Sean Walsh

I live in Dublin, Ireland. Sometimes. Most times I live in my head, quite unaware of my surroundings – if you know what I mean… If you succeed in tracking Sean Walsh, please let me know, ok? I've been searching for him for years…

Editor Goes Walkabout

Published on Monday 10th June 2013 by Sean Walsh

Noon. Tuesday, October 23… I clear out the contents of the drawer in the Sacristy marked ‘Newsletter’ and move back into a Church that is now a haven. The peace is almost tangible. Muted music enhances the tranquility. Fresh flowers adorn the newly-dressed altars. Candles flame and splutter. All is swept, clean, polished…

A lone suppliant stands before the statue of the Madonna, her lips moving in silent, earnest prayer. In the Adoration chapel two, three parishioners in quiet worship. An elder kneels at the back, a rosary beads entwined in gnarled fingers… nods as I pass by.

In the grounds, the air is fresh, liquid, balmy – an Autumn day not far removed from Summer. The sun shines unhindered from a cloudless sky as I move downhill. And to my right, I glimpse the girls of Corpus Christi at play in their school yard… and pause a while to listen to their carefree cries and laughter. The innocents who know little – care less – about the world they are growing up in…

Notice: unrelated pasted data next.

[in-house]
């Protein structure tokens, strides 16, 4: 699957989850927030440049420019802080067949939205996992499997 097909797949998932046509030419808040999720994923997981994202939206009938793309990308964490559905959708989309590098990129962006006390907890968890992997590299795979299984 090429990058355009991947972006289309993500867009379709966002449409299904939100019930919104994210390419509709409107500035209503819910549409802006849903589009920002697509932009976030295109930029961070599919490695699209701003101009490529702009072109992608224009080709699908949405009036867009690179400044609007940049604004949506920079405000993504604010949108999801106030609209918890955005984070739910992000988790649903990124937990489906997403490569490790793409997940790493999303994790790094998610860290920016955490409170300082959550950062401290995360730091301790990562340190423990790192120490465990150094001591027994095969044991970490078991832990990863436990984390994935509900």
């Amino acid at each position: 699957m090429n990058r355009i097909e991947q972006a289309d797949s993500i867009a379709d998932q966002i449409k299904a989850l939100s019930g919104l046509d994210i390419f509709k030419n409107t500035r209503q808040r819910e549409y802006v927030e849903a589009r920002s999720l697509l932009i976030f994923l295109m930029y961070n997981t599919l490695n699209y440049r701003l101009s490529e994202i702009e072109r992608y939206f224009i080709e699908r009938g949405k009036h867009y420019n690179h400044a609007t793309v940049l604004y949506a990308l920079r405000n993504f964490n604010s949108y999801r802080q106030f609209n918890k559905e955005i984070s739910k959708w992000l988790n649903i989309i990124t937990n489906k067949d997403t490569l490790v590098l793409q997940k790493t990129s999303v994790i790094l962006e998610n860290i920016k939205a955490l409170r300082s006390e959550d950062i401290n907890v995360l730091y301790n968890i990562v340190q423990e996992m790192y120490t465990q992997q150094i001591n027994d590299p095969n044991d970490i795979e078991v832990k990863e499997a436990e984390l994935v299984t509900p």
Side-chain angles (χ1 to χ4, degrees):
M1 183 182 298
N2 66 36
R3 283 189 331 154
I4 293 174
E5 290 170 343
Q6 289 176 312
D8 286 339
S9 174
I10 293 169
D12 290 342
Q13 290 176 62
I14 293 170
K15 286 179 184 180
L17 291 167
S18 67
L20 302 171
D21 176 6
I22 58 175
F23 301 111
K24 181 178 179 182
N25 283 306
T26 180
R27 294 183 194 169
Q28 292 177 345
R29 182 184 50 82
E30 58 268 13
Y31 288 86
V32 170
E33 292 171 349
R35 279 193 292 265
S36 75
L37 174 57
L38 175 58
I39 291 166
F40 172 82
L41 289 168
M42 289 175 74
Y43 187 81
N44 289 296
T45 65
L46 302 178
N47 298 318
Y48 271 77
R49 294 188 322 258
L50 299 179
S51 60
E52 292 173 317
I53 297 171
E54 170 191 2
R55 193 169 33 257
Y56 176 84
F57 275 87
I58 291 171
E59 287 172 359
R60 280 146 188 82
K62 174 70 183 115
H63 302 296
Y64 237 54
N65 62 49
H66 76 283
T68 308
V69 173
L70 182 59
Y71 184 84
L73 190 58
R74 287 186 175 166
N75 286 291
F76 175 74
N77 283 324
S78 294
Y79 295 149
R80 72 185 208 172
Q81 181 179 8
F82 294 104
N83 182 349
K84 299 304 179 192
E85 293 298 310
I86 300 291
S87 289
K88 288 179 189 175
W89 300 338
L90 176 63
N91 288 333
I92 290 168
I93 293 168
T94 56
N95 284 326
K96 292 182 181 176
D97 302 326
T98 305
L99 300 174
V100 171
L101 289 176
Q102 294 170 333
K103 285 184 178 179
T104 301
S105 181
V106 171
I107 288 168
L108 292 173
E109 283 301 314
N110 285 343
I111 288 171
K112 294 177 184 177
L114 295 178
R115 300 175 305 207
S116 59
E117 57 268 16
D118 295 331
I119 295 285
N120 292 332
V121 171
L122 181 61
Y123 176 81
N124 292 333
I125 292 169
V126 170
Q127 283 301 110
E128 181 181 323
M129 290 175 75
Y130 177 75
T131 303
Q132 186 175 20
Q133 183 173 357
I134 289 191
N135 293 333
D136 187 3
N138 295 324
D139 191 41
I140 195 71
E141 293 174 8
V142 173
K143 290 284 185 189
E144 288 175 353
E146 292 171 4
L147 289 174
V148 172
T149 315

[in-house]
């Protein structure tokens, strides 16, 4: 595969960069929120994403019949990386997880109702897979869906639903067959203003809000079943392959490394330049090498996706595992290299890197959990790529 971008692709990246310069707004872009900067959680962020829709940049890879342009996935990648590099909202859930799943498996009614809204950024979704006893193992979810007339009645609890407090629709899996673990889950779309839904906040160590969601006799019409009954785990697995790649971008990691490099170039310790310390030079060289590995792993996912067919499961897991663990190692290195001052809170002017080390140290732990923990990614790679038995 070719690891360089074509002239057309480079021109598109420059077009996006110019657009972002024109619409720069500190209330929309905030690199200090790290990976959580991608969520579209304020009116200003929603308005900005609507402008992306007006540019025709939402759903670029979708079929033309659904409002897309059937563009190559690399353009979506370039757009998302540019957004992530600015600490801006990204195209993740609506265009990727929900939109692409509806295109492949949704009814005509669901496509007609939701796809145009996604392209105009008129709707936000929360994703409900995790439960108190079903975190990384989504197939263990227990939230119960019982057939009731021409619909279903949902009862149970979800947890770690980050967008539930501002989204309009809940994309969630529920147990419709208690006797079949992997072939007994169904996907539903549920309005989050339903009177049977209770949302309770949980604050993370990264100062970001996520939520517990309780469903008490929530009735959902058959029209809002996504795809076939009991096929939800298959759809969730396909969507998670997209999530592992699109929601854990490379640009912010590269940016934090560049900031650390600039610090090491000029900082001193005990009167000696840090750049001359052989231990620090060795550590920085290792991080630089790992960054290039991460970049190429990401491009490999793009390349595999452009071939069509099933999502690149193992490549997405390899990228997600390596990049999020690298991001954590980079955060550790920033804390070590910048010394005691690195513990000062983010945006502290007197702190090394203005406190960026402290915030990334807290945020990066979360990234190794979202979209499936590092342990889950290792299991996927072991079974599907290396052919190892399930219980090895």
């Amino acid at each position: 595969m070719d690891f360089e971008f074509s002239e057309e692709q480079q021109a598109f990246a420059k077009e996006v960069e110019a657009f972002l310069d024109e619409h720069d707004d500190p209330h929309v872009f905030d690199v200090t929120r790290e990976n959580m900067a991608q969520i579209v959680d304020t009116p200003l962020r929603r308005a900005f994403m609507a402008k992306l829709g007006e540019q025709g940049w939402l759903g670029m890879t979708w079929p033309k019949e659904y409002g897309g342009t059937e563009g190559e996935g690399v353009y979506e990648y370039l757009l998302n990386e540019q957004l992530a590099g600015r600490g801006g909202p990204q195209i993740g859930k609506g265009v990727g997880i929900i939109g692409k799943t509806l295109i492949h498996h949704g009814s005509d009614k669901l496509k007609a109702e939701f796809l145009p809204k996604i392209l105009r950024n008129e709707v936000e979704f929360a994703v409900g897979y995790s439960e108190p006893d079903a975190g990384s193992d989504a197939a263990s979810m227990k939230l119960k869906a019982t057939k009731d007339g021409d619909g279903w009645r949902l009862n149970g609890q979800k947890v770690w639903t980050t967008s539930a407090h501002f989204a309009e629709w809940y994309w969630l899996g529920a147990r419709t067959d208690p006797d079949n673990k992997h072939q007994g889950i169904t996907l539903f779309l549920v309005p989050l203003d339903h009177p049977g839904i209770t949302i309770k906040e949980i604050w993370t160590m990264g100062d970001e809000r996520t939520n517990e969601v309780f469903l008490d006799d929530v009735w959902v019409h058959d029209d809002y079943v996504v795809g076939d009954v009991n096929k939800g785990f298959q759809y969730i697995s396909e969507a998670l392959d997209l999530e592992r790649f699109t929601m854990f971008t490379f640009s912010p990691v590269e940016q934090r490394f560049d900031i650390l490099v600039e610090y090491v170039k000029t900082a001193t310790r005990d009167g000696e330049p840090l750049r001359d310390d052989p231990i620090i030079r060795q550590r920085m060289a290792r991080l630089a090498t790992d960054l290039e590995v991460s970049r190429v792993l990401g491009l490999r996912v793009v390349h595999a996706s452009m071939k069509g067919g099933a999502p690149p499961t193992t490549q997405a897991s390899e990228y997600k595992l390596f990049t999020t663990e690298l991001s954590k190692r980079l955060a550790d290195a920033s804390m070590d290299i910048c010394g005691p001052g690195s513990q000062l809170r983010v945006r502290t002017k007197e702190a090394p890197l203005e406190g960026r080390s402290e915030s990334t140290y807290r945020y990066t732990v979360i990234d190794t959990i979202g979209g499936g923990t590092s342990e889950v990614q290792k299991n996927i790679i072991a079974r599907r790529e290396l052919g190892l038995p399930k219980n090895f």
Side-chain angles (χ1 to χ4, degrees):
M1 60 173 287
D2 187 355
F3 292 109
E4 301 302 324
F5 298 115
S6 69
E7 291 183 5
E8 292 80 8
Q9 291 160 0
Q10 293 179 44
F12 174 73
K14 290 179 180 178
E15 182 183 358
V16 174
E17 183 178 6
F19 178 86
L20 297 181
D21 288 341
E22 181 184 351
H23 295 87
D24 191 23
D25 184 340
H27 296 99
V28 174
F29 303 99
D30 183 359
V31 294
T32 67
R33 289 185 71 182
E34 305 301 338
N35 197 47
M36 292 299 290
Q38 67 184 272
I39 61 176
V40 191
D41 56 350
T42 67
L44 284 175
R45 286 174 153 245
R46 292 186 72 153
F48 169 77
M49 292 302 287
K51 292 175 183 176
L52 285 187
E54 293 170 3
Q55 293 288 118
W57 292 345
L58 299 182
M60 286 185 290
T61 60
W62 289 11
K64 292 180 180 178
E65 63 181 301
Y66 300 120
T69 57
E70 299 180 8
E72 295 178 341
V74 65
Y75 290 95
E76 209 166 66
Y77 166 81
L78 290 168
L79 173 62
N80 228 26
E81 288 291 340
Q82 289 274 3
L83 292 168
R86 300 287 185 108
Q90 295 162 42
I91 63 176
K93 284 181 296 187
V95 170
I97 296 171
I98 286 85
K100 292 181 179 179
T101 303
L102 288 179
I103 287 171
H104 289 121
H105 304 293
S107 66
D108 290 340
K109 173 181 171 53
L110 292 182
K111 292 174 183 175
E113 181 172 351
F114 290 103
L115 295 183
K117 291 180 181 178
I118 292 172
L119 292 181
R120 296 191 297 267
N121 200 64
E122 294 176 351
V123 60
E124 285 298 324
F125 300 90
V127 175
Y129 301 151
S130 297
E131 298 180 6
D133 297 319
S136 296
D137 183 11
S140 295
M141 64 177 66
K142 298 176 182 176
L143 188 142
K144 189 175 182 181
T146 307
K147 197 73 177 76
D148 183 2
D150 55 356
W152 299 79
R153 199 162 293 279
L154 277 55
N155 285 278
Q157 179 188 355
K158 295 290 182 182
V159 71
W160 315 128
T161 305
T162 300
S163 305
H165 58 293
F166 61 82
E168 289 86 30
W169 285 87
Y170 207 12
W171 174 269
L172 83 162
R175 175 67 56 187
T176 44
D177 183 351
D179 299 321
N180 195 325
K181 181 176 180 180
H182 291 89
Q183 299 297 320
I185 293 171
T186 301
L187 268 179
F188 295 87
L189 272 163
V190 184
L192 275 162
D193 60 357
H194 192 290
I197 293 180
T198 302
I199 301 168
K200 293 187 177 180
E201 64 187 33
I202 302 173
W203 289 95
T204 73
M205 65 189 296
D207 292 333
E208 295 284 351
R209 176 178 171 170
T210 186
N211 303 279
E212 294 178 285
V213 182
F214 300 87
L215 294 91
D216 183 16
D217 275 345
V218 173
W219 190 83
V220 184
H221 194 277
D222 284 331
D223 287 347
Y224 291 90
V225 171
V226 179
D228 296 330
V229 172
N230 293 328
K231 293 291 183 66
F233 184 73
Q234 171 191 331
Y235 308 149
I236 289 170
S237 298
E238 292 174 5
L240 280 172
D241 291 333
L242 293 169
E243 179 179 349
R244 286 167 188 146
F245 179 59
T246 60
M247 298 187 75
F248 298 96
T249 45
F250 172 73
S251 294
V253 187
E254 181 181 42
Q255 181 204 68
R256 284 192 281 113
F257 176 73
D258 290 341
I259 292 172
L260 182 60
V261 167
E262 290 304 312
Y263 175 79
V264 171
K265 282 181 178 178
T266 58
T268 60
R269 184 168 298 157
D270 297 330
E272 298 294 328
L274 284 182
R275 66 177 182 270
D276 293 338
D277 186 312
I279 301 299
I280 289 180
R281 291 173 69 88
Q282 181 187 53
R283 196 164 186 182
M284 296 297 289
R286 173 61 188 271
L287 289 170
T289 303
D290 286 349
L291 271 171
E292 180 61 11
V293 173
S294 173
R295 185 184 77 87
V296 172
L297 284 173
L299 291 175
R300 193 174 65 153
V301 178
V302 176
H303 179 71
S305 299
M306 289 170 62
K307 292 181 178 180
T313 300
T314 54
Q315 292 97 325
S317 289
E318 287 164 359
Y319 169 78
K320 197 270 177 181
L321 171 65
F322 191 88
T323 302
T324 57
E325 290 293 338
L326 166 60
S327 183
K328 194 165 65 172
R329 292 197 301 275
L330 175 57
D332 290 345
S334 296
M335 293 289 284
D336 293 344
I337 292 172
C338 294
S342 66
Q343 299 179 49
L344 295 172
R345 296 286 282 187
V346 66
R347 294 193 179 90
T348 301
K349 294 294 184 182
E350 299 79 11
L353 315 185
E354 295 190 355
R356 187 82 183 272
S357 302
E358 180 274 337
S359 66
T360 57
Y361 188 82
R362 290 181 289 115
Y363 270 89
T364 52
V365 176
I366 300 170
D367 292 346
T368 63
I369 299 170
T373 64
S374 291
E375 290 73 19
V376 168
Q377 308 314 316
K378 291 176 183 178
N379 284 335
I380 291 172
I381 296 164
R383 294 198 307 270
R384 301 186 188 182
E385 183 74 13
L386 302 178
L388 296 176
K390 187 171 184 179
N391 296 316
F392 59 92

Across and down Ferguson Road… hard by the park where people saunter, sit, chat… making the most of the fine spell… And so into Millmount Avenue and the terraced houses that still cling to a Joycean age… And the thought occurs to me:  through every letter-box along the way a copy of this Newsletter is slotted, month by month, thanks to some unknown, volunteer parishioner…

I turn back into Milbourne Avenue, pass the Library and the Credit Union, and as I near the Drumcondra Road the cries and laughter of boys at play grow ever louder: the pupils of St Patrick’s National have crowded into the school yard and are making the most of their break. Why, I can even hear them above the incessant hum and growl of traffic on the main road.

I turn and head north, uphill. ‘Hard to believe that but a hundred miles away – give or take – in North Belfast, the children of Holy Cross are being terrified, day after day, going to, coming from, school. They are the innocent victims of a blatant, totally inexcusable, sectarian hatred.

And I recall our parish priest, Fr Gerry Threadgold, pausing at Mass, day after day, Sunday after Sunday, to pray – with obvious and heartfelt emotion – for Peace in Northern Ireland… Amen to that.

– Corpus Christi Newsletter, Nov, 2001.

                        (Sean Walsh)

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